Myanmar

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Beguiling Myanmar

IT IS very early, the sun just a pale yellow glow peeping from behind the glowering purple mountains, but already several of the distinctive foot-rowing fishermen are paddling their narrow open flatboats across the liquid-silver water of Inle Lake in Myanmar’s Shan province.
Once in their chosen spot they begin the agile dance-like process of casting their enormous semi-rigid cone nets while using their feet to keep the canoe in place.
Occasionally they beat on the top of the lake with their oar to chase the fish from the dense clumps of water hyacinth towards their nets.
It’s a scene that has changed little in centuries although today the fishermen find themselves battling with the wake of the larger, noisier, motorised longboats that transport locals, move bulk goods and exhilarate tourists. Life here exists entirely on, and from, the beautiful expansive freshwater lake, the second largest in Myanmar. There are whole villages on stilts, houses ranging from small, rather ramshackle bamboo affairs to large double-storey timber structures. Large restaurants and artisans’ workshops are alongside family homes.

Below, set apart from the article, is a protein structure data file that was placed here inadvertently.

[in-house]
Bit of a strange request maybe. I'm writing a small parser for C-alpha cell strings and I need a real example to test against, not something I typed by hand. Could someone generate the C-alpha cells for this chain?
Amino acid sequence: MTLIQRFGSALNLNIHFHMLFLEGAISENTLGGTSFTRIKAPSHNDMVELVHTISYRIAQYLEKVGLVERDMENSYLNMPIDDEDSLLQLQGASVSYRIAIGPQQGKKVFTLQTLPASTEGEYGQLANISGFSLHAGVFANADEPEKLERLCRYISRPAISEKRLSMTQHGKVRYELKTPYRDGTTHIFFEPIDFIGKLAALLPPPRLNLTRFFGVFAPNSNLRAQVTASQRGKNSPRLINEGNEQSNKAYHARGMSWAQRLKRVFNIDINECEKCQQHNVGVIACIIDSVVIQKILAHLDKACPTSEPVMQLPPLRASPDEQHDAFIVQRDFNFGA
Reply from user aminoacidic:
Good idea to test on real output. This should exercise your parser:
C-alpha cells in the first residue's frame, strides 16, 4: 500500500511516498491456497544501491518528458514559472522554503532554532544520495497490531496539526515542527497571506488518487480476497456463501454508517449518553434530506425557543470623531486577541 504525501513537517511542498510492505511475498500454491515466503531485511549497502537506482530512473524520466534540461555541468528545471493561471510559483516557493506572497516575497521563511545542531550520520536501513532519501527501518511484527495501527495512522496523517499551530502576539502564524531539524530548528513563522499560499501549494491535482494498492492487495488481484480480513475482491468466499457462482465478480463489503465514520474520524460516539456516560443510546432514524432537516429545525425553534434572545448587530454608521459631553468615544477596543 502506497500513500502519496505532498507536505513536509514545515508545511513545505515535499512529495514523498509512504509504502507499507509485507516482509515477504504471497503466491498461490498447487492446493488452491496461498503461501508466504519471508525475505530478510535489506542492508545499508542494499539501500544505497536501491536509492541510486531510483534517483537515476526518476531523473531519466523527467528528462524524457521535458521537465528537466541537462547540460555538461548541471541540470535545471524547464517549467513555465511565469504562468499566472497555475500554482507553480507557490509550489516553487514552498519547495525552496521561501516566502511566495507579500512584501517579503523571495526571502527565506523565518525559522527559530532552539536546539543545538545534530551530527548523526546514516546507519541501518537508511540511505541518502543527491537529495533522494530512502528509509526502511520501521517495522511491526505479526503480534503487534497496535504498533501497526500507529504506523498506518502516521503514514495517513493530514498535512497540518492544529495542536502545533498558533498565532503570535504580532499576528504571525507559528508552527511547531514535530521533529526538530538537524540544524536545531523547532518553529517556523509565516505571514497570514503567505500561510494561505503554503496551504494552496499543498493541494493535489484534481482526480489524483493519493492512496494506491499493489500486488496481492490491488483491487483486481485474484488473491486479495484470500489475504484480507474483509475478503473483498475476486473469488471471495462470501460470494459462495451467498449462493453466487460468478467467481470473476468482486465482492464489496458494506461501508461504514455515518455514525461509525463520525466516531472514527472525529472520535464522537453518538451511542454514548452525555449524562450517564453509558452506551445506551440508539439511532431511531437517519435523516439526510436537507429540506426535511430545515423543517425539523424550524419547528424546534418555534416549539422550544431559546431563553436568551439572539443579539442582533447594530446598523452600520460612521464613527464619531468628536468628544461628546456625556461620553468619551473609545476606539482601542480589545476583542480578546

The lake is the means of transport, communication, washing and other household amenities, and food production and transportation. Huge floating beds of tomatoes ripen in the brilliant sunshine.

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